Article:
Eugenics is the study of improving the human race by selective breeding. Its rationale is to remove bad or deleterious genes from the population, increasing the overall fitness of humanity as a result. Campaigns to stop the criminal, the poor, the handicapped, and the mentally ill from passing on their genes were supported in the past by such people as British feminist Marie Stopes and Irish playwright George Bernard Shaw. In the United States in the early 1900s, enforced sterilization was carried out on those deemed unfit to reproduce.
One problem with practical eugenics is who decides what is a desirable characteristic and what is not. Both before and during the World War II, there was a eugenics program in place in Nazi Germany. Initially this was carried out on inmates of mental institutions, but very quickly the reasons for sterilization became more and more arbitrary. After the World War II, there was a backlash against eugenics and anthropologists such as Franz Boas and Ruth Benedict championed the opposite view, tabula rasa (blank slate). This view favored the theory that humans are born with an empty mind, which is filled by experience. American anthropologist Margaret Mead carried out work in Samoa that confirmed these ideas, demonstrating that people are programmed by their environment, not by their genes, and that providing a decent environment produces people who behave decently towards each other. Modern work suggests that it is a subtle interaction of both the genetic make-up and the environmental conditions that shape an individual.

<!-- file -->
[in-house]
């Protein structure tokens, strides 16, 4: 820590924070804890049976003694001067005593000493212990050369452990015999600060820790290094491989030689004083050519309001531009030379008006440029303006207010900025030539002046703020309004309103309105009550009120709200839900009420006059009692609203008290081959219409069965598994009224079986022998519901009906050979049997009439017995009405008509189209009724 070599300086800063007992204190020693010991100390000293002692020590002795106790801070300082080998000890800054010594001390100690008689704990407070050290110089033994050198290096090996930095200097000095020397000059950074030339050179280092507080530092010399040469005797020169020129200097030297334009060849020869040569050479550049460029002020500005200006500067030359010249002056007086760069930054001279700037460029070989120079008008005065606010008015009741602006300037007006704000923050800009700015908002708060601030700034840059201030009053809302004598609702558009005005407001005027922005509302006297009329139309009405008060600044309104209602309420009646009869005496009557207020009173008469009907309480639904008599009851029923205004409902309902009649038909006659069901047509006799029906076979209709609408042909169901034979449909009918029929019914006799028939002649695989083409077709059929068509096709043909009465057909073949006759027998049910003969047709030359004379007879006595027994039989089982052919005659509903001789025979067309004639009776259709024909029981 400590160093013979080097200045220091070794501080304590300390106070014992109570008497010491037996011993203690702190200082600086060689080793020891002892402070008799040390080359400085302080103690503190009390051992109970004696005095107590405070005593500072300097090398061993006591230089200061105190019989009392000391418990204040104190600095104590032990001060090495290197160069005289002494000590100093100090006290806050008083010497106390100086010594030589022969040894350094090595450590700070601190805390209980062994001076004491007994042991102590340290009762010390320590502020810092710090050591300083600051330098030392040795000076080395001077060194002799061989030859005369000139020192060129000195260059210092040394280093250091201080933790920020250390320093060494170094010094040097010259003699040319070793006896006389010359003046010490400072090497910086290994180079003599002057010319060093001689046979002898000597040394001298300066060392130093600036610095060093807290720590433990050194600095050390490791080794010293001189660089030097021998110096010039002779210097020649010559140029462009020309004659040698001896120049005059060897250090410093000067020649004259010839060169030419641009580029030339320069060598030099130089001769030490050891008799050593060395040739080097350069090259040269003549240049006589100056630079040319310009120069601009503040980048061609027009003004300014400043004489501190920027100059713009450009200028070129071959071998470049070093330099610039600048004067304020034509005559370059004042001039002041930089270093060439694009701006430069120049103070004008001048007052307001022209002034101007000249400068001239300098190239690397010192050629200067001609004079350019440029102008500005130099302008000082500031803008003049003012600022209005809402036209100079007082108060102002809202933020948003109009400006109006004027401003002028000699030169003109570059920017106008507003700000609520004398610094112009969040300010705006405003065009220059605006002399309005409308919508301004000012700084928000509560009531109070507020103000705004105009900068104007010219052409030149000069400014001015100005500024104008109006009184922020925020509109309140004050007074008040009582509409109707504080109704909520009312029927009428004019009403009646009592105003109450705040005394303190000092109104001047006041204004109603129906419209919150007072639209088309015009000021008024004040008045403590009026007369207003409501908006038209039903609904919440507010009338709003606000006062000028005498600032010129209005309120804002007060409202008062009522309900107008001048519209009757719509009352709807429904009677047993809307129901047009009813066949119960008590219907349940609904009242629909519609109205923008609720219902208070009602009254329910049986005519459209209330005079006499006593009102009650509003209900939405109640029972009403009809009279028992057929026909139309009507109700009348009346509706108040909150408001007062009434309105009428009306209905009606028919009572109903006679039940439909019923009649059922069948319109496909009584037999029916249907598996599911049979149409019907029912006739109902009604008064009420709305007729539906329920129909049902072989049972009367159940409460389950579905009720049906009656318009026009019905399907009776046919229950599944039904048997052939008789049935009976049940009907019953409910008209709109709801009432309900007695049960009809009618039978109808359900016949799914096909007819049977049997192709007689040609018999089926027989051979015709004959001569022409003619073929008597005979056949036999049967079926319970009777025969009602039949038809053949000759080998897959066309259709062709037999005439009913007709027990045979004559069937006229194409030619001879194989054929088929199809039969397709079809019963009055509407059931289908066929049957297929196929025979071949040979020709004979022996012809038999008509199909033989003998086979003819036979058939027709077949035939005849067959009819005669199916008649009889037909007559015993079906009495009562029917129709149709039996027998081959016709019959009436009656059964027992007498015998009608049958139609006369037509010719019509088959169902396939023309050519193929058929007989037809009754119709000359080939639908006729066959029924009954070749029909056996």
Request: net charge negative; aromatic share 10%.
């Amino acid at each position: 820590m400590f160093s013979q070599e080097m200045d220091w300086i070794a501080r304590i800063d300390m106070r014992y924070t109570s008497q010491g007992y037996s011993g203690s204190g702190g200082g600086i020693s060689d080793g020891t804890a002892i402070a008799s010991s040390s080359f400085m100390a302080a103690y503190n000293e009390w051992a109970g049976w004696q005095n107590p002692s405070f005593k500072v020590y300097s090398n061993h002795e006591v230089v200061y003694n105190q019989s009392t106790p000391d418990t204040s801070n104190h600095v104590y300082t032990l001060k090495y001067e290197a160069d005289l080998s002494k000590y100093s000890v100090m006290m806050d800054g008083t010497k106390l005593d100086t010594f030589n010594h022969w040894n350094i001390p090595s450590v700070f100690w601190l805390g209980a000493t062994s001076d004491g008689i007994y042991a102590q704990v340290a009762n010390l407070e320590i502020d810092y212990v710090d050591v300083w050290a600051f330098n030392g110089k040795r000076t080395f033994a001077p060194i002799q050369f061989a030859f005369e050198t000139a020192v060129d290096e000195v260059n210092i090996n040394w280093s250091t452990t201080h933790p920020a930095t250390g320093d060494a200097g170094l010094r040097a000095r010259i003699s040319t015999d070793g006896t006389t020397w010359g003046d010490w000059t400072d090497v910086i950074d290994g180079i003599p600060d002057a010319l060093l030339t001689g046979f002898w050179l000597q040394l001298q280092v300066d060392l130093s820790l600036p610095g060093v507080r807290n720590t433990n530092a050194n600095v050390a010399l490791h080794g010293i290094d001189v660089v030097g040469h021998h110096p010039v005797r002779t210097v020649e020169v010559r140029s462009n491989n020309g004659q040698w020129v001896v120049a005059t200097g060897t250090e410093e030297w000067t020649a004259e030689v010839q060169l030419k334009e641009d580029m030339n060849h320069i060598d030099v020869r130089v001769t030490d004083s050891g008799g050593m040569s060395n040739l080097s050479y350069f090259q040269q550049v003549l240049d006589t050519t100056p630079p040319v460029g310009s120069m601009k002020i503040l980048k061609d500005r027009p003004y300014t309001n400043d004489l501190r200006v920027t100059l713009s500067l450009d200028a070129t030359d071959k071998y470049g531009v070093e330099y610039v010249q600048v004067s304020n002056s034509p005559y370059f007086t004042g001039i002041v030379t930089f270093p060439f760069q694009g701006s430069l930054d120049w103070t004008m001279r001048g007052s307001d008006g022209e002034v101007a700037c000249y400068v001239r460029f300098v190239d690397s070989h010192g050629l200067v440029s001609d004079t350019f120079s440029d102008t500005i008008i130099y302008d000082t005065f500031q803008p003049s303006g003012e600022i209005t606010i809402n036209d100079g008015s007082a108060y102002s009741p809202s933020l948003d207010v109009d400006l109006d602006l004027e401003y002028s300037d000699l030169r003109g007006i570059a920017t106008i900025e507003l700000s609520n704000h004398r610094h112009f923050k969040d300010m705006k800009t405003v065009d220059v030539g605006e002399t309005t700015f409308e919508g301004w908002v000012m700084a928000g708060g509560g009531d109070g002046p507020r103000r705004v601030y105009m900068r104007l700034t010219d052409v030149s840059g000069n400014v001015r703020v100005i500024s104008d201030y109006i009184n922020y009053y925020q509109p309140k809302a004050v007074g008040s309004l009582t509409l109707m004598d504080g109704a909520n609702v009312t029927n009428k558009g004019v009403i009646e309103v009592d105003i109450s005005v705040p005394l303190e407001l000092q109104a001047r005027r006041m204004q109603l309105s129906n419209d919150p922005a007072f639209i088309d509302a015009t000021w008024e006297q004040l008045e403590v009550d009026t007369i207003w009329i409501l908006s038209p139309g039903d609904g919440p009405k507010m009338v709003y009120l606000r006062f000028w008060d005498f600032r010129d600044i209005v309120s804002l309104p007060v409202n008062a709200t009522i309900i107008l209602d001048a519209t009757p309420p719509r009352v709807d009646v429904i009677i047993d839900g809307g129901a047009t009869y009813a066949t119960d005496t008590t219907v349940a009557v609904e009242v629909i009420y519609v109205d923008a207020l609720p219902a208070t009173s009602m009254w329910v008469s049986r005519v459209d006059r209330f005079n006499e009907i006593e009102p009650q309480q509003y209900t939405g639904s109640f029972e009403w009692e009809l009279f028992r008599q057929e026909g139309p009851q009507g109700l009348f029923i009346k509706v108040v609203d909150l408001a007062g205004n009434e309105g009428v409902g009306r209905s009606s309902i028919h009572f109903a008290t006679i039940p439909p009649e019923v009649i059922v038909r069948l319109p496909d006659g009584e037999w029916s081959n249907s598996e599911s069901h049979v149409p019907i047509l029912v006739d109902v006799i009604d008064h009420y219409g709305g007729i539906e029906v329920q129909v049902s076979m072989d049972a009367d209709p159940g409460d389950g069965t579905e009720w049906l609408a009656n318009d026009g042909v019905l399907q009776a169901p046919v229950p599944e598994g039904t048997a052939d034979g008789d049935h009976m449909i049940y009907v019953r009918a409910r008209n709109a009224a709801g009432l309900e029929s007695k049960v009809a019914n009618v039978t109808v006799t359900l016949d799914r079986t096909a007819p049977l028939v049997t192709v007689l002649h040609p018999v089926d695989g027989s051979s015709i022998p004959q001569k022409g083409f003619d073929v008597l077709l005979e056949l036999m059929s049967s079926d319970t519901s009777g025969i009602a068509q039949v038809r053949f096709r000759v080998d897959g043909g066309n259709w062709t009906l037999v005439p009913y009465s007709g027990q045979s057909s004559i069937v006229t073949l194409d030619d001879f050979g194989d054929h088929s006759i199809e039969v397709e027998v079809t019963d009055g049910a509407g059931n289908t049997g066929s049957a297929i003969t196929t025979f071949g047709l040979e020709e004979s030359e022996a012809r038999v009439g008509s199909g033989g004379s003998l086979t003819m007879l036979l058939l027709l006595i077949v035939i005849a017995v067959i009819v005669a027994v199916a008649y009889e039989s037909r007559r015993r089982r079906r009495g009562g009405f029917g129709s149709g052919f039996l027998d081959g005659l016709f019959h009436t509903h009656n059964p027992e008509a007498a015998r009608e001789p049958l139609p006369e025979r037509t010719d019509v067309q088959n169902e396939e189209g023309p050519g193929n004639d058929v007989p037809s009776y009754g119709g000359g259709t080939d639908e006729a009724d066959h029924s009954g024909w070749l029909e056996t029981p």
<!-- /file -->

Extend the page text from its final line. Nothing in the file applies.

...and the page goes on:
Eugenics happens to a minor degree in modern society, most notably when a couple with family histories of genetic disorders decide not to have children or to terminate a pregnancy, based on genetic screening. In 1994 China passed restrictions on marriages which involved individuals with certain disabilities and diseases.
There is evidence that the practice of eugenics could never be truly effective. When one calculates the frequency of deleterious alleles in the population, it is found humans all carry at least 1% of alleles which if present in homozygous form would prove fatal. When scientists predict the effects that might be achieved by preventing all individuals possessing a given allele from breeding, it is found that the effect would be minimal. One problem associated with this prediction is the difficulty in detecting certain alleles when they are present in the heterozygous form.
- Eugenics - The Historical Development Of Eugenics, 1904–1950, Research Methods, Eugenics In The Public Arena, Criticisms Of Eugenics
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